For more information, see the Python API library documentation on Read the Docs.


One of the big improvements in LinchPin 1.0 going forward is hooks. The goal with hooks is to allow additional configuration using external resources in certain specific states during linchpin execution. The states currently are as follows:

  • preup: Executed before provisioning the topology resources
  • postup: Executed after provisioning the topology resources, and generating the optional inventory
  • predestroy: Executed before teardown of the topology resources
  • postdestroy: Executed after teardown of the topology resources

In each case, these hooks allow external scripts to run. Several types of hooks exist, including custom ones called Action Managers. Here's a list of built-in Action Managers:

  • shell: Allows either inline shell commands, or an executable shell script
  • python: Executes a Python script
  • ansible: Executes an Ansible playbook, allowing passing of a vars_file and extra_vars represented as a Python dict
  • nodejs: Executes a Node.js script
  • ruby: Executes a Ruby script

A hook is bound to a specific target and must be restated for each target used. In the future, hooks will be able to be global, and then named in the hooks section for each target more simply.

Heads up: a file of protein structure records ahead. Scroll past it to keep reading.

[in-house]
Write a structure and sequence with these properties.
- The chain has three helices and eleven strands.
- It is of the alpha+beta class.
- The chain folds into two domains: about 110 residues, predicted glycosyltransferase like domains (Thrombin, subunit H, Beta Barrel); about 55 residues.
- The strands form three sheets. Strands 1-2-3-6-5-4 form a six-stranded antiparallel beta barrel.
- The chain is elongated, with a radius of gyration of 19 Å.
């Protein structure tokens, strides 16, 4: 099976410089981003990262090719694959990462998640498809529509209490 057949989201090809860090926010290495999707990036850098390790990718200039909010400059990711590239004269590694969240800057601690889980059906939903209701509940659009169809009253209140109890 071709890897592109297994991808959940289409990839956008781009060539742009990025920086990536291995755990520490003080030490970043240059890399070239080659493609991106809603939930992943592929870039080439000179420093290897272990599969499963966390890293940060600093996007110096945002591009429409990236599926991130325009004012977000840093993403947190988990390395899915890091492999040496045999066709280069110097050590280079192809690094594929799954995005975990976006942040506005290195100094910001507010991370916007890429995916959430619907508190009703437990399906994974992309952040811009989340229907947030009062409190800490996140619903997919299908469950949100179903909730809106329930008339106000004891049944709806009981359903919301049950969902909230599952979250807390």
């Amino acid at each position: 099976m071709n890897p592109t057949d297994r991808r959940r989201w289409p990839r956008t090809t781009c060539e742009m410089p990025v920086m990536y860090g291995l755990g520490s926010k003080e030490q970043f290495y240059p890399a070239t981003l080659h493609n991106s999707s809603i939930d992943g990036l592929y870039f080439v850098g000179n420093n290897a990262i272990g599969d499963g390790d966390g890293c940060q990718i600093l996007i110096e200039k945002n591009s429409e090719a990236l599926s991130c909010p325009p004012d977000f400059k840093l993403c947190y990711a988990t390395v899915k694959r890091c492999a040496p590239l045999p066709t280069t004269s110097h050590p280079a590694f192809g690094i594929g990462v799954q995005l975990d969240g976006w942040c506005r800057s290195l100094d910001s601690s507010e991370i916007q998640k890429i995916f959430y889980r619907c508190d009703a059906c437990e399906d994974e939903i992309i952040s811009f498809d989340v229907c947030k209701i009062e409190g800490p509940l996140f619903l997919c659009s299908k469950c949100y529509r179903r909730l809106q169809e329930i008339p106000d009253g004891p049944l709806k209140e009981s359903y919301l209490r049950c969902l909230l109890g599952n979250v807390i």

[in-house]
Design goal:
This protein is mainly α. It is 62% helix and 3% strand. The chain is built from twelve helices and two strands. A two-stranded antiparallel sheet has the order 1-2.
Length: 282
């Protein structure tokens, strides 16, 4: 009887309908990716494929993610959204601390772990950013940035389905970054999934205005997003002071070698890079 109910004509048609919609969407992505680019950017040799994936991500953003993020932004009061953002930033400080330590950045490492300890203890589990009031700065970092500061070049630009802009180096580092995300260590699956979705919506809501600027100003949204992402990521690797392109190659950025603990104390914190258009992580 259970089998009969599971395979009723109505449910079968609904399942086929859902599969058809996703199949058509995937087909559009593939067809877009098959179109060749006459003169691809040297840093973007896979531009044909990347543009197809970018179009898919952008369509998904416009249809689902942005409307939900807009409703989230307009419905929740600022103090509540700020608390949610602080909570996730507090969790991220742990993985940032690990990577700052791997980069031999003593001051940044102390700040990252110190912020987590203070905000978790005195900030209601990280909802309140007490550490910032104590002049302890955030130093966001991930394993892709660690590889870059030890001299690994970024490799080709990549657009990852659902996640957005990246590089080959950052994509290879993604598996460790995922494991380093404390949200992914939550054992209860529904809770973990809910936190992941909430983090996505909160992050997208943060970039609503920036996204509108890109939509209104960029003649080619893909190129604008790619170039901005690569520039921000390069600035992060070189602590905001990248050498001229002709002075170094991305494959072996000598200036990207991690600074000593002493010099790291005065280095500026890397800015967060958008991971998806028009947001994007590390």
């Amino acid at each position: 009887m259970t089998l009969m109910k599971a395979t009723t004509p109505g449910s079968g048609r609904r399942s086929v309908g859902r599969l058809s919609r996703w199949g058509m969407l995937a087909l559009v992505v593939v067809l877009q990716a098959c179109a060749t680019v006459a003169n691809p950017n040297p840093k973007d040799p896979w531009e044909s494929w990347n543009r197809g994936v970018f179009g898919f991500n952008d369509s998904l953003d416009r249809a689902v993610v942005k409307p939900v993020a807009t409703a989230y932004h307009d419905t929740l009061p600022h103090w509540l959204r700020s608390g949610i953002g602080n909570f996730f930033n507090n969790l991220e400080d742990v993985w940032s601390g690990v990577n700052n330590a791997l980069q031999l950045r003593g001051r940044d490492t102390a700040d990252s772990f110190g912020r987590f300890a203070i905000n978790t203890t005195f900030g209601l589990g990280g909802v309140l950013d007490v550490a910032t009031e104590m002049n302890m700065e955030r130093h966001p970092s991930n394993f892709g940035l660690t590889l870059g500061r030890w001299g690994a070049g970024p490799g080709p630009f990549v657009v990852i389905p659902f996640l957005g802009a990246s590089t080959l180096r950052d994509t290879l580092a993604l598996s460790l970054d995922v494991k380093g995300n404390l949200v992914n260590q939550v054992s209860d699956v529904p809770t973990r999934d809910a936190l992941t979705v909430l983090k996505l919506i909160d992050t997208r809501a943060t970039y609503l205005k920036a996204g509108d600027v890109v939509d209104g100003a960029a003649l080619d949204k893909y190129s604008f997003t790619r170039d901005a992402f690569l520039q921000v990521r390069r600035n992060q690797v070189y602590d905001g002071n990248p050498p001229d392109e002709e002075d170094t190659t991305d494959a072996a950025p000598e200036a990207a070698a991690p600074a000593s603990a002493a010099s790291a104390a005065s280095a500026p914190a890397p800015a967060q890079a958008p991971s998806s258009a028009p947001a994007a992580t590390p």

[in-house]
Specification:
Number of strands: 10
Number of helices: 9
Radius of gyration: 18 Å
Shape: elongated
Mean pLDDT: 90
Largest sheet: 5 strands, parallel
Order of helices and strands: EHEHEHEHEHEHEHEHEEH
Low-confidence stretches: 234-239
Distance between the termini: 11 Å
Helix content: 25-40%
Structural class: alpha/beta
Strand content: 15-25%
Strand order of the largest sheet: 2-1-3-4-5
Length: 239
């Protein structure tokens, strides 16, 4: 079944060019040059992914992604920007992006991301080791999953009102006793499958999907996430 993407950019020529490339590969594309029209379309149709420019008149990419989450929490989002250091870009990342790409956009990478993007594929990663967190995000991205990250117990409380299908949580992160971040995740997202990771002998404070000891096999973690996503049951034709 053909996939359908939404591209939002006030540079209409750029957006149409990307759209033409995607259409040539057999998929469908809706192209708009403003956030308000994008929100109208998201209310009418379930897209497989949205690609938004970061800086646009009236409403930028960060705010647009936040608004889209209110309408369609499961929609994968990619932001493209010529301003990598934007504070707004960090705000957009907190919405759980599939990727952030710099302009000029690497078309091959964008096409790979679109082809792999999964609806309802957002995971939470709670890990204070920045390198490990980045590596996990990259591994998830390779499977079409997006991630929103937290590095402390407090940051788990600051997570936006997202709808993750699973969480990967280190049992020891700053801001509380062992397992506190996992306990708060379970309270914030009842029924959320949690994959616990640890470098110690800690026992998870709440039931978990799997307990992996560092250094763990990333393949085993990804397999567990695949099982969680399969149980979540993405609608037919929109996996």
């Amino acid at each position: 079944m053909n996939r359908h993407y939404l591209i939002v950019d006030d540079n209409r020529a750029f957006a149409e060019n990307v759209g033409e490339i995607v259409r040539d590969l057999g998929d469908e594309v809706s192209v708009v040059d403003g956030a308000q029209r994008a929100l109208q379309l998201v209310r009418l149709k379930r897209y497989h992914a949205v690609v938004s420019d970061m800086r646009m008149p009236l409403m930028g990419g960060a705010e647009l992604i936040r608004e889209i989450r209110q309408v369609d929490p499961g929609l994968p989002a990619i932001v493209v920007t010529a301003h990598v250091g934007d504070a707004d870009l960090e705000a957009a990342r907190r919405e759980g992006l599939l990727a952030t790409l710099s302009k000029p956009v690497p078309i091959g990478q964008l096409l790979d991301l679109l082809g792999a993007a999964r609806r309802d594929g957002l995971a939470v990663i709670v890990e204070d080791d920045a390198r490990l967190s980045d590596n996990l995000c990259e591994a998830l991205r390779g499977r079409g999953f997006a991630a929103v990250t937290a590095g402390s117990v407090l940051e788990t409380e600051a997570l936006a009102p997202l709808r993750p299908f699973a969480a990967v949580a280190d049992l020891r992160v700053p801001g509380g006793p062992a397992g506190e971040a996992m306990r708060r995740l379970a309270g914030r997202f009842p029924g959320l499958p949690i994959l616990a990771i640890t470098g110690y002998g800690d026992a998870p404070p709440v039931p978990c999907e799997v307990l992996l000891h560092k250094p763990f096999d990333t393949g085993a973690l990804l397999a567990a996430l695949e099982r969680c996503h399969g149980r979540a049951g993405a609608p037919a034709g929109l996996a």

Using hooks

Describing hooks is simple enough, understanding their power might not be so simple. This feature exists to provide flexible power to the user for things that the LinchPin developers might not consider. This concept could lead to a simple way to ping a set of systems, for instance, before running another hook.

Looking into the workspace more closely, one might have noticed the hooks directory. Let's have a look inside this directory to see the structure:

$ tree hooks/
├── ansible
│   ├── ping
│   │   └── dummy_ping.yaml
└── shell
    └── database

In every case, hooks can be used in the PinFile, shown here:

  topology: dummy-cluster.yml
  layout: dummy-layout.yml
      - name: ping
        type: ansible
          - dummy_ping.yaml
      - name: database
        type: shell

The basic concept is that there are three postup actions to complete. Hooks are executed in top-down order. Thus, the Ansible ping task would run first, followed by the two shell tasks,, followed by Assuming the hooks execute successfully, a ping of the systems would occur, then a database would be set up and initialized.

Authentication Driver

In the initial design of LinchPin, developers decided to have authentication be managed within the Ansible playbooks; however, moving to a more API and command-line driven tool meant that authentication should be outside of the library where the playbooks now reside, and still pass authentication values along as needed.